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Dexamethasone for the Prophylaxis of Pain Flare Study

Information source: Sunnybrook Health Sciences Centre
ClinicalTrials.gov processed this data on August 23, 2015
Link to the current ClinicalTrials.gov record.

Condition(s) targeted: Cancer

Intervention: dexamethasone (Drug)

Phase: Phase 1

Status: Completed

Sponsored by: Sunnybrook Health Sciences Centre

Official(s) and/or principal investigator(s):
Edward Chow, MBBS PhD, Study Chair, Affiliation: edward.chow@sunnybrook.ca

Summary

Radiation treatment is often recommended as a safe and quick treatment that gives most people good relief from bone pain within a couple of weeks. However, some people can experience a short episode of increased pain (called a 'flare') a day or two after radiation treatment, that lasts about a day. The purpose of this sturdy is to find out if a medication called dexamethasone can help prevent pain flare as a result of radiation therapy.

Clinical Details

Official title: Dexamethasone for the Prophylaxis of Radiation-Induced Pain Flare Following Palliative Radiotherapy for Bone Metastases

Study design: Endpoint Classification: Efficacy Study, Intervention Model: Single Group Assignment, Masking: Open Label, Primary Purpose: Treatment

Primary outcome: Complete control of pain flare on days 1-5 after the completion of radiation treatment.

Secondary outcome:

Complete control of pain flare from Day 6-10 after the completion of radiation treatment.

Functional interference especially mood and sleep in Brief Pain Inventory will be monitored.

Quality of life outcomes

Detailed description: Of all people diagnosed with cancer, 25% will have their cancer come back and spread to the bones. This often results in significant pain and suffering. Radiation treatment is often recommended as a safe and quick treatment that gives most people good relief from bone pain within a couple of weeks. However, some people can experience a short episode of increased pain called a flare a day or two after radiation treatment that lasts about a day. Studies suggest that around a third of all people who receive radiation treatment to help pain from cancer in the bones will have a pain flare. This study is being done because it would be helpful to prevent extra bone pain from happening to people after they receive radiation treatments. The purpose of this study is to find out if a medication called dexamethasone can help prevent pain flare as a result of radiation therapy.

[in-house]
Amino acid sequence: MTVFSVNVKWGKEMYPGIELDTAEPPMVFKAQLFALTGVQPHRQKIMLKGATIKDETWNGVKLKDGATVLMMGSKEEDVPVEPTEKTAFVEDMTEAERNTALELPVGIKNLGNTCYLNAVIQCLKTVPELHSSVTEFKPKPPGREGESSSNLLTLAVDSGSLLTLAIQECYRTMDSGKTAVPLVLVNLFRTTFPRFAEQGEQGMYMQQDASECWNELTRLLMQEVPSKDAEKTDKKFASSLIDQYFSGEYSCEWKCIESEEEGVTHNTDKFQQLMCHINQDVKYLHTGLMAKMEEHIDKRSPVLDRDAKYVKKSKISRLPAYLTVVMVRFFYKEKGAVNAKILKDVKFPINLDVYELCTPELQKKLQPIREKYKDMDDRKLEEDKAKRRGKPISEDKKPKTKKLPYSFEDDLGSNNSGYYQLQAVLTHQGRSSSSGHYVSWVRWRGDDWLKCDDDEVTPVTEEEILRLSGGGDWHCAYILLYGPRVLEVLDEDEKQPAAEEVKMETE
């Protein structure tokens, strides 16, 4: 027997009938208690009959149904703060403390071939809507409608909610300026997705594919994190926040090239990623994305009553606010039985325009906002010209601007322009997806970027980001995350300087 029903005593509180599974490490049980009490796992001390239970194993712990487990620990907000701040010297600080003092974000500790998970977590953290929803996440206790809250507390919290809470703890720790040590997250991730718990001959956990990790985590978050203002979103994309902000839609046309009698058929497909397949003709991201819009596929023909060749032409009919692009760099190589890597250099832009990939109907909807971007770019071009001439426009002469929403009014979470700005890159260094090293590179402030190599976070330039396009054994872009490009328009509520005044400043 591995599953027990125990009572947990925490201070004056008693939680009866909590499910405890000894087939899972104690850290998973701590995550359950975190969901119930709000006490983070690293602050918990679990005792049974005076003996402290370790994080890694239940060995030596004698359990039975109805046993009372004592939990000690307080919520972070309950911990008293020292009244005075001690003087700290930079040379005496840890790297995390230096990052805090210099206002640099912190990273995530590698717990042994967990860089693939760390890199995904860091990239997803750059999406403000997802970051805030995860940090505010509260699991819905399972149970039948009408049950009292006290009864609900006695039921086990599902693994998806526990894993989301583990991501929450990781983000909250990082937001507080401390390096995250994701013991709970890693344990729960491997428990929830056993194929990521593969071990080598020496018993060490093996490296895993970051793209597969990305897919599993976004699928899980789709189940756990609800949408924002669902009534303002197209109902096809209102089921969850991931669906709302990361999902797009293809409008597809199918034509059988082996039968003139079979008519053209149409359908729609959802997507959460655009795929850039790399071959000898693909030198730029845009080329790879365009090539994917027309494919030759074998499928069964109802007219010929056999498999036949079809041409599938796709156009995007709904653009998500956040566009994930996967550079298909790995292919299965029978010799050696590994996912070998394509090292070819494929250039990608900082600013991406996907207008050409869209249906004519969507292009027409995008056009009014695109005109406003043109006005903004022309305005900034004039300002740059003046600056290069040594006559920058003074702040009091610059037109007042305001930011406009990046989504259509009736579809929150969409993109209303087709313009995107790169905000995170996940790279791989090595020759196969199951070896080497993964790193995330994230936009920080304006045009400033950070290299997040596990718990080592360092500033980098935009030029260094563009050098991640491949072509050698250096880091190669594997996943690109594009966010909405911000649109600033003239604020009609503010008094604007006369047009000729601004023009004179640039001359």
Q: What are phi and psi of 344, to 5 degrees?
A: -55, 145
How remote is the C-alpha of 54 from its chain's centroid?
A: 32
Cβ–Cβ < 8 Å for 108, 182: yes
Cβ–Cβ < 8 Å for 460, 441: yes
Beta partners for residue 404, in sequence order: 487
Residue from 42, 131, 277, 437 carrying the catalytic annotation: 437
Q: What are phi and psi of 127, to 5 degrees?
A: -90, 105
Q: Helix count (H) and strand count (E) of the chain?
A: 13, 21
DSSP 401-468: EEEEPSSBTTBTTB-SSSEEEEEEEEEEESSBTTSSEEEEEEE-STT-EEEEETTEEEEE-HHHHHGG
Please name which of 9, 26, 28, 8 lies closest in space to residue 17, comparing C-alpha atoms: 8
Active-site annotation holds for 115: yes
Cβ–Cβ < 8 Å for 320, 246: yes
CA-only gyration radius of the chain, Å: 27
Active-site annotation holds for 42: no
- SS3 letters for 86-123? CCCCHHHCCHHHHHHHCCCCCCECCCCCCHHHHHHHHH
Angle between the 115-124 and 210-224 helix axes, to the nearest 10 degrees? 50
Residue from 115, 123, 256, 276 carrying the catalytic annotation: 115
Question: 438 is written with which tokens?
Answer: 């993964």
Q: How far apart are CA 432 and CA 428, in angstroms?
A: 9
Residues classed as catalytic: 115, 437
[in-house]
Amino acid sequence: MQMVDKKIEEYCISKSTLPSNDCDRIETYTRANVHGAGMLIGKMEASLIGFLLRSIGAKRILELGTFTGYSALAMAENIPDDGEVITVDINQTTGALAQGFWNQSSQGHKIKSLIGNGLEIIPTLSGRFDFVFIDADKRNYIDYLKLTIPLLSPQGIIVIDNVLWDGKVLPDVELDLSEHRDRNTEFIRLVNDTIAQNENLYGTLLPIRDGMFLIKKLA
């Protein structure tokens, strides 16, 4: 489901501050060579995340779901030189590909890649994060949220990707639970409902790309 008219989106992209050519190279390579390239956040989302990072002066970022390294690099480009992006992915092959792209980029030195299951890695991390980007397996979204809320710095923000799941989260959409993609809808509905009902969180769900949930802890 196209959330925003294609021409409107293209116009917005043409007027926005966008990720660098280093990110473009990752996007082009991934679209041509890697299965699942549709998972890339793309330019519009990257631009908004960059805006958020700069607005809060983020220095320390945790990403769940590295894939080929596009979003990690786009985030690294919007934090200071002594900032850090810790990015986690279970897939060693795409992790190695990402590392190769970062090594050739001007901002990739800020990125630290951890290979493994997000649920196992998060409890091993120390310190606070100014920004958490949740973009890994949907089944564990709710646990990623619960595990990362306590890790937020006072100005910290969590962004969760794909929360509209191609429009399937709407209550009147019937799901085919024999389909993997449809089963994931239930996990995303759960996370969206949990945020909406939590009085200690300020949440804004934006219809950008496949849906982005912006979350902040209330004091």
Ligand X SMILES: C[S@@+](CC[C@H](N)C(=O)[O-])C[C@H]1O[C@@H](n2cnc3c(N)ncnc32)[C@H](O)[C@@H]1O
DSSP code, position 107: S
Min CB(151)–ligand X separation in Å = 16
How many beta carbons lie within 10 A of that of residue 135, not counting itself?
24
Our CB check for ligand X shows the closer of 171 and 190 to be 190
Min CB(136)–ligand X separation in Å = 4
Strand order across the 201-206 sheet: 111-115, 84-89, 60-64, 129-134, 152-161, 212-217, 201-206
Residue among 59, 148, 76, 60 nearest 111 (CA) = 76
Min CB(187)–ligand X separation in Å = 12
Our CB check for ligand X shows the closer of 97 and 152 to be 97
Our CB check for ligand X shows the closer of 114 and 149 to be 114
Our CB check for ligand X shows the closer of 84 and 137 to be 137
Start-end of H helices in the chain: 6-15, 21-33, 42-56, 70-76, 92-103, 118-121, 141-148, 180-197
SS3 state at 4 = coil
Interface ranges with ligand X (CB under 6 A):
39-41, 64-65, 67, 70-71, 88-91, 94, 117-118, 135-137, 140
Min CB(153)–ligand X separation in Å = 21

Eligibility

Minimum age: 18 Years. Maximum age: N/A. Gender(s): Both.

Criteria:

Inclusion Criteria:

- Documented bone metastases by radiological imaging

- Patients at least 18 years of age

- Written consent

- KPS ≥ 40

- Baseline worst pain at the planned radiated bony metastatic site ≥ 2

- Patient able to inform the pain score at the planned radiated bony metastatic site

Exclusion Criteria:

- Concurrent use of any corticosteroid medication other than topical or inhaled

preparations

- Medical contraindications to corticosteroids such as diabetes mellitus, uncontrolled

hypertension or active peptic ulcer

- Pathological fracture of the irradiated extremity

- Spinal cord compression

- Language barrier

- Immediate change in regular analgesic medication. If the oncologist thinks the

patient is not receiving adequate analgesic, we recommend the oncologist to increase the analgesic first to stabilize ot lessen the pain before recruiting the patient to this study

Locations and Contacts

Odette Cancer Centre, Toronto, Ontario M4N 3M5, Canada
Additional Information

Starting date: February 2007
Last updated: November 17, 2014

Page last updated: August 23, 2015

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